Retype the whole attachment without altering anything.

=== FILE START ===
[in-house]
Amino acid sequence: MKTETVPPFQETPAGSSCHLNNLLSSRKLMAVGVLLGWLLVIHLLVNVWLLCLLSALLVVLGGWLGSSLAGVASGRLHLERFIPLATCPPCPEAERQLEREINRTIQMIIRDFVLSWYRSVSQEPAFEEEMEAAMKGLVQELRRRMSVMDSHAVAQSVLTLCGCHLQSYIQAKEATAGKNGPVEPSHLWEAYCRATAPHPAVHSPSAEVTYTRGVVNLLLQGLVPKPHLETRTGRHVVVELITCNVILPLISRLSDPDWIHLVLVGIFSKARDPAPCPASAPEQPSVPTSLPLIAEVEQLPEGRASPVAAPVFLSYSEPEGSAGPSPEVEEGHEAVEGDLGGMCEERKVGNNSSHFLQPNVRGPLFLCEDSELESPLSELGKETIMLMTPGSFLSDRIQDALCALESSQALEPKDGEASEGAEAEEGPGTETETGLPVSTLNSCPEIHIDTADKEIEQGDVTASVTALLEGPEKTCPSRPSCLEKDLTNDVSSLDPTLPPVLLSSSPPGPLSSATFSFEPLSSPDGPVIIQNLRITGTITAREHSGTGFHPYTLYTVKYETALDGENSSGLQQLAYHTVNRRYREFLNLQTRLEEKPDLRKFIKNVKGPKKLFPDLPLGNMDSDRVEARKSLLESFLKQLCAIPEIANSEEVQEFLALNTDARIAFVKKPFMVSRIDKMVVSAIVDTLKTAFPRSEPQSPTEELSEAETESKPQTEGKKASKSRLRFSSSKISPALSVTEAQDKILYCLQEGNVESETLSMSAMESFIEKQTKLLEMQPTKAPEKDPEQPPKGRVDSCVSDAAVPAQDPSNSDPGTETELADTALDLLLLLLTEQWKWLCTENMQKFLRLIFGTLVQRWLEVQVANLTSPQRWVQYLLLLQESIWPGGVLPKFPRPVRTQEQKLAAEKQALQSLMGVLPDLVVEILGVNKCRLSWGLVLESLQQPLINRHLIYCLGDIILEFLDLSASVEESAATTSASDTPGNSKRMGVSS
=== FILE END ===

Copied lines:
[in-house]
Amino acid sequence: MKTETVPPFQETPAGSSCHLNNLLSSRKLMAVGVLLGWLLVIHLLVNVWLLCLLSALLVVLGGWLGSSLAGVASGRLHLERFIPLATCPPCPEAERQLEREINRTIQMIIRDFVLSWYRSVSQEPAFEEEMEAAMKGLVQELRRRMSVMDSHAVAQSVLTLCGCHLQSYIQAKEATAGKNGPVEPSHLWEAYCRATAPHPAVHSPSAEVTYTRGVVNLLLQGLVPKPHLETRTGRHVVVELITCNVILPLISRLSDPDWIHLVLVGIFSKARDPAPCPASAPEQPSVPTSLPLIAEVEQLPEGRASPVAAPVFLSYSEPEGSAGPSPEVEEGHEAVEGDLGGMCEERKVGNNSSHFLQPNVRGPLFLCEDSELESPLSELGKETIMLMTPGSFLSDRIQDALCALESSQALEPKDGEASEGAEAEEGPGTETETGLPVSTLNSCPEIHIDTADKEIEQGDVTASVTALLEGPEKTCPSRPSCLEKDLTNDVSSLDPTLPPVLLSSSPPGPLSSATFSFEPLSSPDGPVIIQNLRITGTITAREHSGTGFHPYTLYTVKYETALDGENSSGLQQLAYHTVNRRYREFLNLQTRLEEKPDLRKFIKNVKGPKKLFPDLPLGNMDSDRVEARKSLLESFLKQLCAIPEIANSEEVQEFLALNTDARIAFVKKPFMVSRIDKMVVSAIVDTLKTAFPRSEPQSPTEELSEAETESKPQTEGKKASKSRLRFSSSKISPALSVTEAQDKILYCLQEGNVESETLSMSAMESFIEKQTKLLEMQPTKAPEKDPEQPPKGRVDSCVSDAAVPAQDPSNSDPGTETELADTALDLLLLLLTEQWKWLCTENMQKFLRLIFGTLVQRWLEVQVANLTSPQRWVQYLLLLQESIWPGGVLPKFPRPVRTQEQKLAAEKQALQSLMGVLPDLVVEILGVNKCRLSWGLVLESLQQPLINRHLIYCLGDIILEFLDLSASVEESAATTSASDTPGNSKRMGVSS